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Old 31st Aug 2008, 23:37
  #1371 (permalink)  
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Join Date: Feb 2008
Location: Subterranea
Age: 66
Posts: 186
As posted by justme69, post #1045:

I would like to ask the golden question to pilots of MD-82 or similar planes.

In your opinion, *assuming perfectly working engines and no reverser deployment*, *assuming no windshear*, and assuming said airplane took around 500m more of air strip than estimated as normal for its
(pretended) configuration to lift-off (i.e. it took longer to accelerate to speed than predicted or it rotated for longer than "it should've" or a combination of both, etc), what is the most likely cause of a fully loaded airplane like that being able to become airborne for 3-5 seconds but yet just "fall" after rolling left & right and w/o an experienced crew being able to do much about it on time?

Again, let's assume both engines were working properly and reversers were never deployed, just for the scope of this question.

Thank you in advance.
I am not a pilot but . . . .

There is a scenario which can lead to rolling left and right at rotation or lift-off if the cause went undetected but it does not fit the summer season, ice contaminated wings. With temperatures near 30 C, and an aircraft on ground for several hours that would seem very unlikely, unless the aircraft had cold soaked wings from a previous (long) flight at altitude, no or very little fuel uplift, and precipitation at Barajas prior to departure. At more moderate temperatures (sometimes upto 15 C) that could have been a possibility. Aircraft not limited to the MD-8x but any aircraft with aft fuselage mounted engines has an extra issue with ice on the wings, if there is clear ice on the upper surface near the wing root, it can break away at rotation as the wing flexes and it can reduce engine performance if not flame out an engine all together.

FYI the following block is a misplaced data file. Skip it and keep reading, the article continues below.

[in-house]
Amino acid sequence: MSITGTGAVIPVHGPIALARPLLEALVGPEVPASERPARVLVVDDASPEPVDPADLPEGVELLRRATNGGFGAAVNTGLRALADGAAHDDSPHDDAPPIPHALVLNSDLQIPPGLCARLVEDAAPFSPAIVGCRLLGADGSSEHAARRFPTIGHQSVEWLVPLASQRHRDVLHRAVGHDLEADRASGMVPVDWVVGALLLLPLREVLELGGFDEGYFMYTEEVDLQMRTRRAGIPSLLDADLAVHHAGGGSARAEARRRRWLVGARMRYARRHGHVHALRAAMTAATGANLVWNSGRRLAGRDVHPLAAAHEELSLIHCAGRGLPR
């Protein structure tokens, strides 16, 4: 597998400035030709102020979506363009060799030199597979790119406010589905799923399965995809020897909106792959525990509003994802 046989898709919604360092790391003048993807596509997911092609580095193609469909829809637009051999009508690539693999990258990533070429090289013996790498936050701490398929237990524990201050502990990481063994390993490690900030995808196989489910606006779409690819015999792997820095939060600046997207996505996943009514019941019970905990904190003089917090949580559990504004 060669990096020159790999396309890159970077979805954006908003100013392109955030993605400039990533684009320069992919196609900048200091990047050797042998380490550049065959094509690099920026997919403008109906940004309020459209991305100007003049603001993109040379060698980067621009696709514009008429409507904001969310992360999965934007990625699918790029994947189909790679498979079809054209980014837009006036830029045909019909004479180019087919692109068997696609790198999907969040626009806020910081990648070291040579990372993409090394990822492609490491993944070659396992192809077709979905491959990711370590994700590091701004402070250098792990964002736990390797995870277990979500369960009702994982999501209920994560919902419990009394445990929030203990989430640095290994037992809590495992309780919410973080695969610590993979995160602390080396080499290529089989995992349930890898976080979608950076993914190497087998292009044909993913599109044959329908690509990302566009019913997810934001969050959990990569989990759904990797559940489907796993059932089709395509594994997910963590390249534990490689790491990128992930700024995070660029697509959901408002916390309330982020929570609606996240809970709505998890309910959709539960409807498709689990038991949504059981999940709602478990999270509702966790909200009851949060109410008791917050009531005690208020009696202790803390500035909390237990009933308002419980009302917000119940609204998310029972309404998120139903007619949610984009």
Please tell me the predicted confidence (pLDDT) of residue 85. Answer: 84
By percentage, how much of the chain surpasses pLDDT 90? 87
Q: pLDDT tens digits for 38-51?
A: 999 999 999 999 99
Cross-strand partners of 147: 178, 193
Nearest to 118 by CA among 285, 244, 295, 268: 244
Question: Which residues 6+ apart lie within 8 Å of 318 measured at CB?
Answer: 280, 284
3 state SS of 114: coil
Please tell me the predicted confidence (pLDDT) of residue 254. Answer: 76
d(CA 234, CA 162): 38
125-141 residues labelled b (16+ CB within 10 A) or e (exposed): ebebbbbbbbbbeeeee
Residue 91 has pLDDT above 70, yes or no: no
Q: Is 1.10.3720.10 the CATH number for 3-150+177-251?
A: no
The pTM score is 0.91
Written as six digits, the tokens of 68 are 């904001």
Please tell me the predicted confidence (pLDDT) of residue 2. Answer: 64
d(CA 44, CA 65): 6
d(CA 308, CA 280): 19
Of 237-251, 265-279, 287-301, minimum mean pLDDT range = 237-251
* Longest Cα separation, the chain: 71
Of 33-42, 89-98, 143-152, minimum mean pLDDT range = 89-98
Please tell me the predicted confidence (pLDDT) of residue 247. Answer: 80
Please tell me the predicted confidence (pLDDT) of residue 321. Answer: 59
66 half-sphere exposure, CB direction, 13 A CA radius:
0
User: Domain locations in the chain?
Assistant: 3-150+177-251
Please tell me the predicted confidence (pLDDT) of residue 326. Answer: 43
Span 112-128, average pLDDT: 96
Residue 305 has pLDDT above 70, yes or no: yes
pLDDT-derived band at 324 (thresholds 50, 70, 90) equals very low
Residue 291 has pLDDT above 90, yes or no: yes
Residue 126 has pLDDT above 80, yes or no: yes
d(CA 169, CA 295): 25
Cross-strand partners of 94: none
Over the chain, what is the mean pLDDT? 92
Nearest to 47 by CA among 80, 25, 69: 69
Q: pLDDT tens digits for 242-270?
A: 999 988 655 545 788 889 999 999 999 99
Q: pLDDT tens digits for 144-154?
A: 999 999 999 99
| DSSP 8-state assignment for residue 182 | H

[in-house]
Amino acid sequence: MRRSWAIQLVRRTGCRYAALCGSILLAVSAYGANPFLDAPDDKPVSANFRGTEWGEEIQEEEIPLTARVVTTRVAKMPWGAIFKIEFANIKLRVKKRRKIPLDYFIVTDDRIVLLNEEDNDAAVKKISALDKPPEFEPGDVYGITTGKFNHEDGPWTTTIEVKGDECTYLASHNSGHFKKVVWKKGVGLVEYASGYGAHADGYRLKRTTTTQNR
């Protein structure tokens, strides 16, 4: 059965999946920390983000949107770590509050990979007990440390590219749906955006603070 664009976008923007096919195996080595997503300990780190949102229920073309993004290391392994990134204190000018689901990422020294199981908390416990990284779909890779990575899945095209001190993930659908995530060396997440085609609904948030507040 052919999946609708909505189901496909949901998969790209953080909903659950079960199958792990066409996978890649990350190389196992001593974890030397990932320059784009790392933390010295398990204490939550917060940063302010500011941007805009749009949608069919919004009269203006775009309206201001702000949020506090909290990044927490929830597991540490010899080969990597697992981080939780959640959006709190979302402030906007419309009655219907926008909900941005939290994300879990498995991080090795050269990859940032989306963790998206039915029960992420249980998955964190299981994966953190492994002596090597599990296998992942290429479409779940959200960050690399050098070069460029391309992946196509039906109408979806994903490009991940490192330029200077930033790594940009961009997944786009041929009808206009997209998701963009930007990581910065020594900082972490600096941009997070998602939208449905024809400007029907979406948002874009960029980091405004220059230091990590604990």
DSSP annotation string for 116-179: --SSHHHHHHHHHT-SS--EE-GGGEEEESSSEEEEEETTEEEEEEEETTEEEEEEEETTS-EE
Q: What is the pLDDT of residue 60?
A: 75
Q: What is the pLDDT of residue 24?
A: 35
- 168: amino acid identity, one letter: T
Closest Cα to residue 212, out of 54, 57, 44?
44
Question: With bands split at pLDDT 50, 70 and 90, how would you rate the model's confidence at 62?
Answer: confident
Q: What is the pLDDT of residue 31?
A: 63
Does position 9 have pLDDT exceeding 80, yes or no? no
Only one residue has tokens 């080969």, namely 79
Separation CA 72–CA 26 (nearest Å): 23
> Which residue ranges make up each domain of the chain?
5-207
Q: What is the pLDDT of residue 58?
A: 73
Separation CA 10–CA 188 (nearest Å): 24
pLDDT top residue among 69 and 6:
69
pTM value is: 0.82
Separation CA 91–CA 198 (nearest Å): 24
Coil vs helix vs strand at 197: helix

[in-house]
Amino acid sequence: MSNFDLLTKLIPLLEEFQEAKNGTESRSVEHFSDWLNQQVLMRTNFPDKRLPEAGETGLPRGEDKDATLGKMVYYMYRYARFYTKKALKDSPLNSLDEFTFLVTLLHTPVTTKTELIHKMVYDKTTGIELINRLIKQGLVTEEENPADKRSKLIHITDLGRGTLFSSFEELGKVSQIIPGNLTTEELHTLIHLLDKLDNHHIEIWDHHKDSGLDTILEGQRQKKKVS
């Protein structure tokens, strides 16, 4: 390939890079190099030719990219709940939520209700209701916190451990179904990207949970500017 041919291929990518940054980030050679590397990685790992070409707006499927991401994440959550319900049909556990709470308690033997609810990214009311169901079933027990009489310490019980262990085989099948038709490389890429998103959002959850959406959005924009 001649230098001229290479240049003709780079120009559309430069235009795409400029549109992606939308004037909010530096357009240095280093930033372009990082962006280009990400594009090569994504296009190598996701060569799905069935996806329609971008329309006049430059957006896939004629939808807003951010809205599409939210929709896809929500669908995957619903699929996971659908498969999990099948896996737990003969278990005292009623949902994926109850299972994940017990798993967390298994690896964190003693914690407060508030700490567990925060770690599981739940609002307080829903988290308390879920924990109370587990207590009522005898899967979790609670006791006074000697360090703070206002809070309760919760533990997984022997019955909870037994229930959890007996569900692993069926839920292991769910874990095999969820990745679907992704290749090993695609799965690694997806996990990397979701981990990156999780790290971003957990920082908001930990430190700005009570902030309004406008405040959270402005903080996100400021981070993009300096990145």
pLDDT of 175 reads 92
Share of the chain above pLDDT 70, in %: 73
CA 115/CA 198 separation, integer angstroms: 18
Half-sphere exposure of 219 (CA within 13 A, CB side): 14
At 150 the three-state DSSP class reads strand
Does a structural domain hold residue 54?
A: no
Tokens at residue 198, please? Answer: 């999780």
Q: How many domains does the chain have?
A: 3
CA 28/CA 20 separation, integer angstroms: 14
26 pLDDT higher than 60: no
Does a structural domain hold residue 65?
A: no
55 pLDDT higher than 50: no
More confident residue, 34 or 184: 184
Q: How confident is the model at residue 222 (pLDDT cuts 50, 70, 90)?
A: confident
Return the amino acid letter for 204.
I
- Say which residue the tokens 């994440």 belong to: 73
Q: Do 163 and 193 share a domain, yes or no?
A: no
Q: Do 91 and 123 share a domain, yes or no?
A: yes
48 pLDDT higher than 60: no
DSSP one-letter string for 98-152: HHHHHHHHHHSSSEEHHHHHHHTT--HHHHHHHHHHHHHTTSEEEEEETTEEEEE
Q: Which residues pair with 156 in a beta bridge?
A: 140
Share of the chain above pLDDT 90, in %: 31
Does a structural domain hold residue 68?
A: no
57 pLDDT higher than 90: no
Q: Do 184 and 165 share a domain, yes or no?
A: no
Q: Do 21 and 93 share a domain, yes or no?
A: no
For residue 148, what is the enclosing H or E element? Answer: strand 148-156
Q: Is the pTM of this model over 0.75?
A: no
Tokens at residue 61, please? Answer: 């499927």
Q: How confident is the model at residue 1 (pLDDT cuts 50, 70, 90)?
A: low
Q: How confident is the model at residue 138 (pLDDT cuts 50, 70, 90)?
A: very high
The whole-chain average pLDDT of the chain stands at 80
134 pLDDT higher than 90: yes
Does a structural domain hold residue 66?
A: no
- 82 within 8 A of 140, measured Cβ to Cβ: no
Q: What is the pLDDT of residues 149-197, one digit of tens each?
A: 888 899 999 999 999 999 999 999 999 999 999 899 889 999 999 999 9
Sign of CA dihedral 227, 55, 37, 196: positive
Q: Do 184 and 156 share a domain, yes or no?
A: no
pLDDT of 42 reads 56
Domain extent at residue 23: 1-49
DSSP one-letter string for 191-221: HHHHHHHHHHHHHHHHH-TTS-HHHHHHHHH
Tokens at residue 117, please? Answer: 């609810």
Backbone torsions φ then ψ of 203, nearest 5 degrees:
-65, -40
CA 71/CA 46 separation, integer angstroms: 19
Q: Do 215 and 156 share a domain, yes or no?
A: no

I know, far fetched in case of this accident.


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